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The Cottage Maid.



Aloft on the brow of a mountain,
And hard by a clear running fountain,
In neat little cot,
Content with her lot,
Retired, there lives a sweet maiden.

Her father is dead, and her brother,
And now she alone with her mother
Will spin on her wheel,
And sew, knit, and reel,
And cheerfully work for their living.

To gossip she never will roam,
She loves, and she stays at, her home,
Unless when a neighbour
In sickness does labour,
Then, kindly, she pays her a visit.

With Bible she stands by her bed,
And when some blest passage is read,
In prayer and in praises
Her sweet voice she raises
To Him who for sinners once died.

Well versed in her Bible is she,
Her language is artless and free,
Imparting pure joy,
That never can cloy,
And smoothing the pillow of death.

To novels and plays not inclined,
Nor aught that can sully her mind;
Temptations may shower,
Unmoved as a tower,
She quenches the fiery arrows.

She dresses as plain as the lily
That modestly glows in the valley,
And never will go
To play, dance or show,
She calls them the engines of Satan.

With tears in her eyes she oft says,
"Away with your dances and plays!
The ills that perplex
The half of our sex
Are owing to you, Satan's engines."

Released from her daily employment,
Intent upon solid enjoyment,
Her time she won't idle,
But reads in her Bible,
And books that divinely enlighten.

Whilst others at wake, dance, and play
Chide life's restless moments away,
And ruin their souls,
In pleasure she rolls,
The foretaste of heavenly joys.

Her soul is refined by her Lord,
She shines in the truths of His Word:
Each Christian grace
Shines full in her face,
And heightens the glow of her charms.

One day as I passed o'er the mountain,
She sung by a clear crystal fountain
(Nor knew I was near);
Her notes charmed my ear,
As thus she melodiously chanted:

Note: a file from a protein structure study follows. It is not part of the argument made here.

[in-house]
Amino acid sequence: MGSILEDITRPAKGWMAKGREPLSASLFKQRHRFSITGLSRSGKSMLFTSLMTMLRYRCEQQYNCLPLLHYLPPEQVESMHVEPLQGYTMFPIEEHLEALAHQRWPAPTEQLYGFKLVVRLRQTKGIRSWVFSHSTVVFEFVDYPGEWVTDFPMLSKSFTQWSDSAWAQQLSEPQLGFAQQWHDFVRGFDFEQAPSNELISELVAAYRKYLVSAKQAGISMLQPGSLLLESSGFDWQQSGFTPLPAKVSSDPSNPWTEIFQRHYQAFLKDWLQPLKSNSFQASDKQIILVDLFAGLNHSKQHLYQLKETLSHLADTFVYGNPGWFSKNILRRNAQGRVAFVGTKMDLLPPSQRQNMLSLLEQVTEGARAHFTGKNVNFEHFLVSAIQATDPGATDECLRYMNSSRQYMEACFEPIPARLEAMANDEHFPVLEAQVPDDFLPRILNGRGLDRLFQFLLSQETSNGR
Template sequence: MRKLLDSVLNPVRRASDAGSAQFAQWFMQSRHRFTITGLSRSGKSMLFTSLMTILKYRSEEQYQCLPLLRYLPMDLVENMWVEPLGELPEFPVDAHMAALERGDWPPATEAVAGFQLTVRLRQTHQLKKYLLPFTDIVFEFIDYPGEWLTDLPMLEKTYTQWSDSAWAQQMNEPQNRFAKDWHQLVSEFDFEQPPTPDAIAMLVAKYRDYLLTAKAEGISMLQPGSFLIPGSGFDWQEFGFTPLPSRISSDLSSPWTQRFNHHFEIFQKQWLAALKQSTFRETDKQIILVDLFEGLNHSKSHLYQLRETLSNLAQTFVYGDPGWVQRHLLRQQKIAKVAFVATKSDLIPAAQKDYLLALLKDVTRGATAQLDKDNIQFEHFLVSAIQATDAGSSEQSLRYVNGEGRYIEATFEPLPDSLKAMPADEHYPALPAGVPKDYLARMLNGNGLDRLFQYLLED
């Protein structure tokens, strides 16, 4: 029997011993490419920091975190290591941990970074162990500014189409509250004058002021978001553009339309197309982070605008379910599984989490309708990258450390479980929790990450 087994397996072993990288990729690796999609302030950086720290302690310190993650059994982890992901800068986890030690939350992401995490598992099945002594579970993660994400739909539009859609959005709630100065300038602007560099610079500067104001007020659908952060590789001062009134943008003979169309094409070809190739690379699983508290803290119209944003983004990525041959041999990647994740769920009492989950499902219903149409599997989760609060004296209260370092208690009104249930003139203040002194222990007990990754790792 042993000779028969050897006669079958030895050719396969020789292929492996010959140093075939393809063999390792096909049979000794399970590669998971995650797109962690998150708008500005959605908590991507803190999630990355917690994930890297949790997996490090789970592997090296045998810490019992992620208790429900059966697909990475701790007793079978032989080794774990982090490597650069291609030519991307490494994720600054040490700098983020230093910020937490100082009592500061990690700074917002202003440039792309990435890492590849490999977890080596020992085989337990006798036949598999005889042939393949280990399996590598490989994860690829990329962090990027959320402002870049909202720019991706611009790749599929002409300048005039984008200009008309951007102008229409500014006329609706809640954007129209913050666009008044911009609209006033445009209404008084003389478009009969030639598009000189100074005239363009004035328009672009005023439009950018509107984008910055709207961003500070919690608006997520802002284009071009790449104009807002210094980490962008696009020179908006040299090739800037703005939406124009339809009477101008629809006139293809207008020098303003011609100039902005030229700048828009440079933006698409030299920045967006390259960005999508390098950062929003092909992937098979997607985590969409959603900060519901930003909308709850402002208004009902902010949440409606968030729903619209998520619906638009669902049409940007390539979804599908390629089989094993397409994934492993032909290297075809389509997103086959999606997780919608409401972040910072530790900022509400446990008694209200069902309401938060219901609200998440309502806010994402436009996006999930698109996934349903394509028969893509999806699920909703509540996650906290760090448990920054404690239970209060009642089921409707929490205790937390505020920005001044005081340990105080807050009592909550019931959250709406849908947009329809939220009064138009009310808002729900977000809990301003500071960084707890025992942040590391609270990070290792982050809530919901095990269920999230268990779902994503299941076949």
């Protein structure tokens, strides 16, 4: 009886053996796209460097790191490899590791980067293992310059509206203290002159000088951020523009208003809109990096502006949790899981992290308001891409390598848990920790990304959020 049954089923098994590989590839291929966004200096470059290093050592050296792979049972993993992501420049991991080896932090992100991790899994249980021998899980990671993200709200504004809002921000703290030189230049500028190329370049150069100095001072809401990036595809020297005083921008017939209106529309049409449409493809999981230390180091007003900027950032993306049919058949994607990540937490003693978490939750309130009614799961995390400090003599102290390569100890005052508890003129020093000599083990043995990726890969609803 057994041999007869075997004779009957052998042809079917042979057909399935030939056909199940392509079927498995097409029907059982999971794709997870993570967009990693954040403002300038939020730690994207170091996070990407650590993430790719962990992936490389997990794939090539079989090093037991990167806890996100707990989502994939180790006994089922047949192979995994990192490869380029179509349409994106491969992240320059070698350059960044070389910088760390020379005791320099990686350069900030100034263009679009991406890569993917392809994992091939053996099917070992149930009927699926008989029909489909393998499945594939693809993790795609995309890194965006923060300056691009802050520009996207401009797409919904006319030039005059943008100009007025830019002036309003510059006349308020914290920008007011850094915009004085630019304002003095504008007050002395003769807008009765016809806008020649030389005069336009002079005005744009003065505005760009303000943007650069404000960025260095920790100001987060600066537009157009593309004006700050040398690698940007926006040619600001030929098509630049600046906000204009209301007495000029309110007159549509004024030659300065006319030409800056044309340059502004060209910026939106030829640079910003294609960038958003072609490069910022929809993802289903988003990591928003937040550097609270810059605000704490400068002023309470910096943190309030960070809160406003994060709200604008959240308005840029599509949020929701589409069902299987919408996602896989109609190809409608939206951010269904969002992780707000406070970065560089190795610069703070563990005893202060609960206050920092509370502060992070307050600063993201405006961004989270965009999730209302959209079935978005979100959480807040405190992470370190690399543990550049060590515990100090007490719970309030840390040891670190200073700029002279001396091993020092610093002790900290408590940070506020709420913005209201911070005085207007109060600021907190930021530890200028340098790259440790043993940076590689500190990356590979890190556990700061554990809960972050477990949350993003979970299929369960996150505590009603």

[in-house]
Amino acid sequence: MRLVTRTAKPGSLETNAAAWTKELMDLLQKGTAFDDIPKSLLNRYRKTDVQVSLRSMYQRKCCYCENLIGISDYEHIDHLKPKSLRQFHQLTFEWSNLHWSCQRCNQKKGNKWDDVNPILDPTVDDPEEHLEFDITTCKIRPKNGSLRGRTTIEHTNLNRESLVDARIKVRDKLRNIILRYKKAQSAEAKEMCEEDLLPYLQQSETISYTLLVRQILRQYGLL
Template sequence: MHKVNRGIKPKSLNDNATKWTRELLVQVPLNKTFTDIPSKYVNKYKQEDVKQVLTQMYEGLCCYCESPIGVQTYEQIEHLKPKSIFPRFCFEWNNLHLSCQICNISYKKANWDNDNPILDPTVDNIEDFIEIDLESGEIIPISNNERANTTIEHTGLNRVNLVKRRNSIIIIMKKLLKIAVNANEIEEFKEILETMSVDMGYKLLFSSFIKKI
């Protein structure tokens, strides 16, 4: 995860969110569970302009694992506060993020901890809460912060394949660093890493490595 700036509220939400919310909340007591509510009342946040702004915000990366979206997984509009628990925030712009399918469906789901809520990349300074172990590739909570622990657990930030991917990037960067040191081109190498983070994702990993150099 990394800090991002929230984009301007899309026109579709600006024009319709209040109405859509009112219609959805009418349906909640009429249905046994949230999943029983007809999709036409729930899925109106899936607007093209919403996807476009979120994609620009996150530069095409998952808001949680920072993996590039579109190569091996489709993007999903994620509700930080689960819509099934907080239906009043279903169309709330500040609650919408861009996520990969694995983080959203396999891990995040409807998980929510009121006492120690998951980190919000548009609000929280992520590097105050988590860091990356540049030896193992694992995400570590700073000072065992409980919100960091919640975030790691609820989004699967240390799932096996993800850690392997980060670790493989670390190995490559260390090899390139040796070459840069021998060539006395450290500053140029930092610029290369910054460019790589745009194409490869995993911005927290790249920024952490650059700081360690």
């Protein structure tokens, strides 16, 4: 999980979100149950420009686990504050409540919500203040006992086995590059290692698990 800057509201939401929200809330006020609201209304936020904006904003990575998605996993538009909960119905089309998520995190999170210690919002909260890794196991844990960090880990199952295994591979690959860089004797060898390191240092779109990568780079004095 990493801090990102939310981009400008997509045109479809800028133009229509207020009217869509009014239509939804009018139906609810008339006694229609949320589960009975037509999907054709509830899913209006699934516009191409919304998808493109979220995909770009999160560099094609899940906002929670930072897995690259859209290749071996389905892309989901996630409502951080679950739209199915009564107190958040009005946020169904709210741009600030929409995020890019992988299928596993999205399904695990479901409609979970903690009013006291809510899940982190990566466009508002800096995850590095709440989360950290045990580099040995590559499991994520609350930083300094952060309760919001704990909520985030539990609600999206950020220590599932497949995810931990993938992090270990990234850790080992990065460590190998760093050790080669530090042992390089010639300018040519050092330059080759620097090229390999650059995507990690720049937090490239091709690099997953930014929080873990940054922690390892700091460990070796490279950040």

"Oh! when shall we see our dear Jesus?
His presence from poverty frees us,
And bright from His face
The rays of His grace
Beam, purging transgression for ever.

"Oh! when shall we see our dear Jesus?
His presence from sorrow will ease us,
When up to the sky
With angels we fly
Then farewell all sorrow for ever!

"Come quickly! come quickly, Lord Jesus!
Thy presence alone can appease us;
For aye on Thy breast
Believers shall rest,
Where blest they shall praise Thee for ever."

Oh, had you but seen this sweet maiden!
She smiled like the flowers of Eden,
And raised to the skies
Her fond beaming eyes,
And sighed to be with her Redeemer

While thus she stood heavenly musing,
And sometimes her Bible perusing,
Came over the way,
All silvered with grey,
A crippled and aged poor woman.

Her visage was sallow and thin,
Through her rags peeped her sunburnt skin;
With sorrow oppressed,
She held to her breast
An infant, all pallid with hunger.

Half breathless by climbing the mountain,
She tremblingly stood by the fountain,
And begged that our maid
Would lend her some aid,
And pity both her and her infant.

Our maiden had nought but her earning
Her heart with soft pity was yearning;
She drooped like a lily
Bedewed in the valley,
Whilst tears fell in pearly showers.

With air unaffected and winning,
To cover them, of her own spinning
Her apron of blue,
Though handsome and new,
She gave, and led them to her cottage.

All peace, my dear maiden, be thine:
Your manners and looks are divine;
On earth you shall rest,
In heaven be blest,
And shine like an angel for ever.

More blest than the king on the throne
Is he who shall call you his own!
The ruby, with you
Compared, fades to blue
Its price is but dust on the balance.

Religion makes beauty enchanting,
And even where beauty is wanting,
The temper and mind,
Religion-refined,
Will shine through the veil with sweet lustre.
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Submitted on August 03, 2020

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Patrick Bronte

Patrick Brontë was an Irish Anglican priest and author who spent most of his adult life in England. He was the father of the writers Charlotte, Emily, and Anne Brontë, and of Branwell Brontë, his only son more…

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